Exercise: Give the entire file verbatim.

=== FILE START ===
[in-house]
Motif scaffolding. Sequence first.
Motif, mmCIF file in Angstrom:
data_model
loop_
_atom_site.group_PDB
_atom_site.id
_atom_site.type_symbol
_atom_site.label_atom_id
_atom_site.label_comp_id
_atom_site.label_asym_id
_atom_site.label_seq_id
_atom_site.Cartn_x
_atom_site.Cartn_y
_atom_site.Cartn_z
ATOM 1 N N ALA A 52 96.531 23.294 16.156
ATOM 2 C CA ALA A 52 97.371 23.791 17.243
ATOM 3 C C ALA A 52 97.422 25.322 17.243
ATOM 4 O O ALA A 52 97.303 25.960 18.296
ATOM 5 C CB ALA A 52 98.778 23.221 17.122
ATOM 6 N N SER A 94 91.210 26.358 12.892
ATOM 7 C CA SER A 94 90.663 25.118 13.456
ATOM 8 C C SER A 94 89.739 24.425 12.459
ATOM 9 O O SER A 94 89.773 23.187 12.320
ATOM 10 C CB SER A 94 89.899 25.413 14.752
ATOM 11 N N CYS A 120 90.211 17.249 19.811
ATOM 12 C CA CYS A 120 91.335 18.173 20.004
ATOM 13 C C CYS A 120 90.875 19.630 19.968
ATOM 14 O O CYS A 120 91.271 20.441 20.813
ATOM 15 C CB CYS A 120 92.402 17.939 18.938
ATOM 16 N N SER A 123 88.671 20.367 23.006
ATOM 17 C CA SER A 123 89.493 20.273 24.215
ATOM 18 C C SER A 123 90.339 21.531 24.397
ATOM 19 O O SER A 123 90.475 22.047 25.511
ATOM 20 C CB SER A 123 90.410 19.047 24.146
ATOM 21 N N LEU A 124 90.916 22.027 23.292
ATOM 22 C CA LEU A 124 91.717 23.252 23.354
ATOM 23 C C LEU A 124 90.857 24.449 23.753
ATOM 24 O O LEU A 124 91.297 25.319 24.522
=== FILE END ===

[in-house]
Motif scaffolding. Sequence first.
Motif, mmCIF file in Angstrom:
data_model
loop_
_atom_site.group_PDB
_atom_site.id
_atom_site.type_symbol
_atom_site.label_atom_id
_atom_site.label_comp_id
_atom_site.label_asym_id
_atom_site.label_seq_id
_atom_site.Cartn_x
_atom_site.Cartn_y
_atom_site.Cartn_z
ATOM 1 N N ALA A 52 96.531 23.294 16.156
ATOM 2 C CA ALA A 52 97.371 23.791 17.243
ATOM 3 C C ALA A 52 97.422 25.322 17.243
ATOM 4 O O ALA A 52 97.303 25.960 18.296
ATOM 5 C CB ALA A 52 98.778 23.221 17.122
ATOM 6 N N SER A 94 91.210 26.358 12.892
ATOM 7 C CA SER A 94 90.663 25.118 13.456
ATOM 8 C C SER A 94 89.739 24.425 12.459
ATOM 9 O O SER A 94 89.773 23.187 12.320
ATOM 10 C CB SER A 94 89.899 25.413 14.752
ATOM 11 N N CYS A 120 90.211 17.249 19.811
ATOM 12 C CA CYS A 120 91.335 18.173 20.004
ATOM 13 C C CYS A 120 90.875 19.630 19.968
ATOM 14 O O CYS A 120 91.271 20.441 20.813
ATOM 15 C CB CYS A 120 92.402 17.939 18.938
ATOM 16 N N SER A 123 88.671 20.367 23.006
ATOM 17 C CA SER A 123 89.493 20.273 24.215
ATOM 18 C C SER A 123 90.339 21.531 24.397
ATOM 19 O O SER A 123 90.475 22.047 25.511
ATOM 20 C CB SER A 123 90.410 19.047 24.146
ATOM 21 N N LEU A 124 90.916 22.027 23.292
ATOM 22 C CA LEU A 124 91.717 23.252 23.354
ATOM 23 C C LEU A 124 90.857 24.449 23.753
ATOM 24 O O LEU A 124 91.297 25.319 24.522